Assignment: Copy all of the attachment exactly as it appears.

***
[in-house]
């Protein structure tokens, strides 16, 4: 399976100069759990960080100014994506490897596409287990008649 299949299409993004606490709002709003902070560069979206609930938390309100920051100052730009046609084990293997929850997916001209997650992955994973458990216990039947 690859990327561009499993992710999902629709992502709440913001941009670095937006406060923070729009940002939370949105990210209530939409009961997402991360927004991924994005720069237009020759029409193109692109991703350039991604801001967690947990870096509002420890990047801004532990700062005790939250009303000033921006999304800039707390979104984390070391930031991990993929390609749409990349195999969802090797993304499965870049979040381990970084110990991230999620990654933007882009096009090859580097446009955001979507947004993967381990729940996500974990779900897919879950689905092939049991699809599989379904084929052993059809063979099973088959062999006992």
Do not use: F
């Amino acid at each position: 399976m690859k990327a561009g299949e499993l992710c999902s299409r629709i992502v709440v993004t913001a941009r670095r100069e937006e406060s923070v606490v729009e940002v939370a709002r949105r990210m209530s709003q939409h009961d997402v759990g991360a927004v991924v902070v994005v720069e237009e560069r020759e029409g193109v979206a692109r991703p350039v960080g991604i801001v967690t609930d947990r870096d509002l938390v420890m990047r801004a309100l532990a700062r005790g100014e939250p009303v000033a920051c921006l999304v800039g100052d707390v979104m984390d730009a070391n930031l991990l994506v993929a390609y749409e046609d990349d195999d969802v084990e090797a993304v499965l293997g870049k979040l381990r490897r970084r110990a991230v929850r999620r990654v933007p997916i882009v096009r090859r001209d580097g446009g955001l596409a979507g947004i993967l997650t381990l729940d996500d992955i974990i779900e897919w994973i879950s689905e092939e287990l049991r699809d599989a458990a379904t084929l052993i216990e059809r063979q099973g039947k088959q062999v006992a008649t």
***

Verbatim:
[in-house]
């Protein structure tokens, strides 16, 4: 399976100069759990960080100014994506490897596409287990008649 299949299409993004606490709002709003902070560069979206609930938390309100920051100052730009046609084990293997929850997916001209997650992955994973458990216990039947 690859990327561009499993992710999902629709992502709440913001941009670095937006406060923070729009940002939370949105990210209530939409009961997402991360927004991924994005720069237009020759029409193109692109991703350039991604801001967690947990870096509002420890990047801004532990700062005790939250009303000033921006999304800039707390979104984390070391930031991990993929390609749409990349195999969802090797993304499965870049979040381990970084110990991230999620990654933007882009096009090859580097446009955001979507947004993967381990729940996500974990779900897919879950689905092939049991699809599989379904084929052993059809063979099973088959062999006992």
Do not use: F
């Amino acid at each position: 399976m690859k990327a561009g299949e499993l992710c999902s299409r629709i992502v709440v993004t913001a941009r670095r100069e937006e406060s923070v606490v729009e940002v939370a709002r949105r990210m209530s709003q939409h009961d997402v759990g991360a927004v991924v902070v994005v720069e237009e560069r020759e029409g193109v979206a692109r991703p350039v960080g991604i801001v967690t609930d947990r870096d509002l938390v420890m990047r801004a309100l532990a700062r005790g100014e939250p009303v000033a920051c921006l999304v800039g100052d707390v979104m984390d730009a070391n930031l991990l994506v993929a390609y749409e046609d990349d195999d969802v084990e090797a993304v499965l293997g870049k979040l381990r490897r970084r110990a991230v929850r999620r990654v933007p997916i882009v096009r090859r001209d580097g446009g955001l596409a979507g947004i993967l997650t381990l729940d996500d992955i974990i779900e897919w994973i879950s689905e092939e287990l049991r699809d599989a458990a379904t084929l052993i216990e059809r063979q099973g039947k088959q062999v006992a008649t």